Starving for an ‘authenticity’ that doesn’t exist, and would be irrelevant if it did (is In Flames less Troo because they use triggered drums?), the fledgling Troo band that attains the perfect visual blahness can join a legion of other 501-Levi-favoring bands who look exactly alike, with only most obsessed male fans and mags able to tell one band from the other, and with sales to match.

Incredibly, a certain strain of metalcore and post-hardcore find the Troo Dudes too stylish and so the single lasting element that suggests someone might be in a band—long hair—has been shorn to attain a new pinnacle of blah conservatism. And so bands like Underoath, A Day to Remember and Your Demise not only have short hair, but the studied un-cool short hair of the junior banker who turned down your student loan. More interesting bands like Torche and Kylesa have just thrown up their hands and opted out of the War entirely by dressing like indie bands.
Meanwhile, the dis of choice lathered on Fashion Bands by the Troo are ‘gay’ and ‘fag’. This despite the fact that the stunningly gorgeous Ville Valo attracts female fans in Elvis proportions while any given Troo Dude answers sweaty emails from tween boys about classic Charvel neck sizes.

This is what we professionals call irony. And one of several reasons Troo Dudes work so darned hard toto keep up their side of The War, to look dull, loathsome, unbathed, infested by gnats or worse, has to do with what I mentioned earlier, about metal’s intrinsic gayness.

Metal guys constantly joke with varying degrees of nervousness about the subject but that doesn’t change the fact that metal, with sometimes traumatic exceptions we’ll get to in a moment, has always looked hilariously homosexual (close your eyes and think ManowarVenom, Danzig and Rollins) and that metal operates in a queer fever dream of sweaty, half-naked boys bumping against each other in dark, dingy clubs followed by ritual merch table genuflections before favorite axe masters and poster downloads of Zakk Wilde in extremis.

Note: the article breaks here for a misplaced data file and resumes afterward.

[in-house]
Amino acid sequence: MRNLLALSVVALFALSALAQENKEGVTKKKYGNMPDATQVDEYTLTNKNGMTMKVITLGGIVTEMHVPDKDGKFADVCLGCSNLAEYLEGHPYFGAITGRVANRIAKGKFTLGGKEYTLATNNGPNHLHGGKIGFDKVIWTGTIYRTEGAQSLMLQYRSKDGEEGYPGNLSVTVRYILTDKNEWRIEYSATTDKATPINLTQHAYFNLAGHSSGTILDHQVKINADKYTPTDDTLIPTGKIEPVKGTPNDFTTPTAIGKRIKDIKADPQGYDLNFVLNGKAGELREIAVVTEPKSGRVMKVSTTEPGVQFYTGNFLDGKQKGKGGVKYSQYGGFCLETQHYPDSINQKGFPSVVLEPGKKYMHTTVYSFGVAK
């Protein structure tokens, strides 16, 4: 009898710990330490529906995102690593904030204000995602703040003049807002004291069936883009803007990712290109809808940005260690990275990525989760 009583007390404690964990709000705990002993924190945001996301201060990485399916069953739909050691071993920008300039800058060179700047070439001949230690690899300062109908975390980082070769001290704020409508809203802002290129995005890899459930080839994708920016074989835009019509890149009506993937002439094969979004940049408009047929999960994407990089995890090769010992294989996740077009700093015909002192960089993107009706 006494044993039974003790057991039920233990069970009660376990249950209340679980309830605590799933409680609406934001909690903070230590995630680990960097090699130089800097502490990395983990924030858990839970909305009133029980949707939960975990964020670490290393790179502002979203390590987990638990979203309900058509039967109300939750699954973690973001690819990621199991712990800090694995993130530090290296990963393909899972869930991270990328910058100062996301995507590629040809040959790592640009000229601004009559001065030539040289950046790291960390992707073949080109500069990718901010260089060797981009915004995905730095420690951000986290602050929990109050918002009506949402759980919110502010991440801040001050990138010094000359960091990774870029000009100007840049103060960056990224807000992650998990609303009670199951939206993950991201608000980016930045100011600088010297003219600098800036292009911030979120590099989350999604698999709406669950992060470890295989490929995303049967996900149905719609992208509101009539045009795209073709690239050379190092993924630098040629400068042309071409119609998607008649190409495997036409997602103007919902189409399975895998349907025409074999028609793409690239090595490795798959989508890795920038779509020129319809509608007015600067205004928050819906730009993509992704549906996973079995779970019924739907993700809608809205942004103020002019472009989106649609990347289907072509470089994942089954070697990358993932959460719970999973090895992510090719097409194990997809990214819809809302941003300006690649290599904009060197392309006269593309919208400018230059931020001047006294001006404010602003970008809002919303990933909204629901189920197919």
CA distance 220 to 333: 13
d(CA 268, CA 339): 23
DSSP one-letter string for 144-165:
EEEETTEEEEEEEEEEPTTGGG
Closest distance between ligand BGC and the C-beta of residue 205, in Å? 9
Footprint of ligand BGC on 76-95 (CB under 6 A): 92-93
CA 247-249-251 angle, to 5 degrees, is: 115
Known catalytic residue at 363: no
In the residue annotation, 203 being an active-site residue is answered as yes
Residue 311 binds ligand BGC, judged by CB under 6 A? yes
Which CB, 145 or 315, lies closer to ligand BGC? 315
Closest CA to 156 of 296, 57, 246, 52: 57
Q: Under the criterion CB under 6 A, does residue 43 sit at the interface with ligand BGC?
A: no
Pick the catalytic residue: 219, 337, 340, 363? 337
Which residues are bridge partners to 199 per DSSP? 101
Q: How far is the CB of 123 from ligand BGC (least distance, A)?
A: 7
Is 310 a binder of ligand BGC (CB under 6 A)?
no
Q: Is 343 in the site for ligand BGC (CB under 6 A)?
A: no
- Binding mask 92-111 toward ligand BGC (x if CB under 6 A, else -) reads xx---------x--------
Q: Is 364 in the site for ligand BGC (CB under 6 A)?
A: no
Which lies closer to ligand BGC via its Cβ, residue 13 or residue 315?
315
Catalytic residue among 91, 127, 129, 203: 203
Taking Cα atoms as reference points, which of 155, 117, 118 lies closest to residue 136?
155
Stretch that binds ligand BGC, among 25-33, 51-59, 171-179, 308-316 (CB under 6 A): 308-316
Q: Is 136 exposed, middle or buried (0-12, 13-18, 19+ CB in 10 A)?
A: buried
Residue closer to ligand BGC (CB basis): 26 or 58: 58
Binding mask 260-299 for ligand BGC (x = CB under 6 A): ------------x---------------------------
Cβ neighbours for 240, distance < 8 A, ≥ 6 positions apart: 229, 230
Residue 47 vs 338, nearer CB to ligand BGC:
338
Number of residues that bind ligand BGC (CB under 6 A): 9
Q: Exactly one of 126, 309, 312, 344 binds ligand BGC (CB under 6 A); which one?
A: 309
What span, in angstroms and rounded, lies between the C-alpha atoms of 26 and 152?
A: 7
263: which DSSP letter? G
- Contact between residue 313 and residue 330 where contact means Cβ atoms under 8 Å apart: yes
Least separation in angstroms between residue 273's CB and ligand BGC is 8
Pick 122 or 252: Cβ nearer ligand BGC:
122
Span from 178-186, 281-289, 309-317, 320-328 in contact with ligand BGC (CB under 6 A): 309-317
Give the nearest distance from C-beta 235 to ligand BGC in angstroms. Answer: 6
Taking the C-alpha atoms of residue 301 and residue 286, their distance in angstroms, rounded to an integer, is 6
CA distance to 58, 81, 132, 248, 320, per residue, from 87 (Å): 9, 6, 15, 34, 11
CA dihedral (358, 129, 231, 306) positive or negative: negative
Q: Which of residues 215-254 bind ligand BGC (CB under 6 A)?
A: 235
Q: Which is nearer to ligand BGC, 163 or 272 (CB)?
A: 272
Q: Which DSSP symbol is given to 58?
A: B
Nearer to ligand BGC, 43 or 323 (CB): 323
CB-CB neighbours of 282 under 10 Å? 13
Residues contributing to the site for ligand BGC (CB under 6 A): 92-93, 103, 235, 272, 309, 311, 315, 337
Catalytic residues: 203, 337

And girls? Girls? Ha ha ha—you so fooney.

Instead of supporting female metal at least as a way of deflecting charges of being in a genre created in part by delightful gay people like Judas Priest’s Rob Halford and horrific ones like Gorgoroth’s despicable Gaahl, Troo Dudes barely know the incredible wide world of female metal even exists.

Sure, there’s Arch Enemy’s Angela Gossow. But Angela, with all respect, rocks a tomboy drag that neutralizes the gender threat lurking in her cookie monster. And there’s Lacuna Coil’s Cristina Scabbia. But swell voice aside, Scabbia’s as edgy as a retired Suicide Girl signing autographs at an adult video convention. She has an advice column in Revolver magazine, for crying out loud.

Beyond that? It’s just pitiful or sad—I can’t decide.

Femme-led goth-metal is a joke to Dudes and Dude-identified critics.  Full-blown metal art music by the likes of Karyn Crisis, Julie Christmas and the goddess Jarboe garner passing and/or dismissive praise—or more depressingly, that praise floats from a magazine’s pages into an abyss of reader disinterest.

As Next Big Things are regularly made of much thinner gruel, it’s a sure thing that the face-ripping neo-Bolt Thrower-isms of Landmine Marathon would be headline news if only the band wasn’t led by Grace Perry, whose severe hotness, intense stage performances and gold standard shriek probably has Dudes screaming vagina dentata. Metaphorically, I mean.

It’s also essential that Perry, and the vocal flamethrower that is Firebrand Super Rock’s Laura Donnelly and the liquid smoke that is Anneke van Giersbergen and the angrily fluid folk-metal alto that is Rose Kemp not be given too much attention as it threatens Troo Dude macho hegemony (look it up, dude) which Fashion bands further  throw into crisis by being so un-Dude.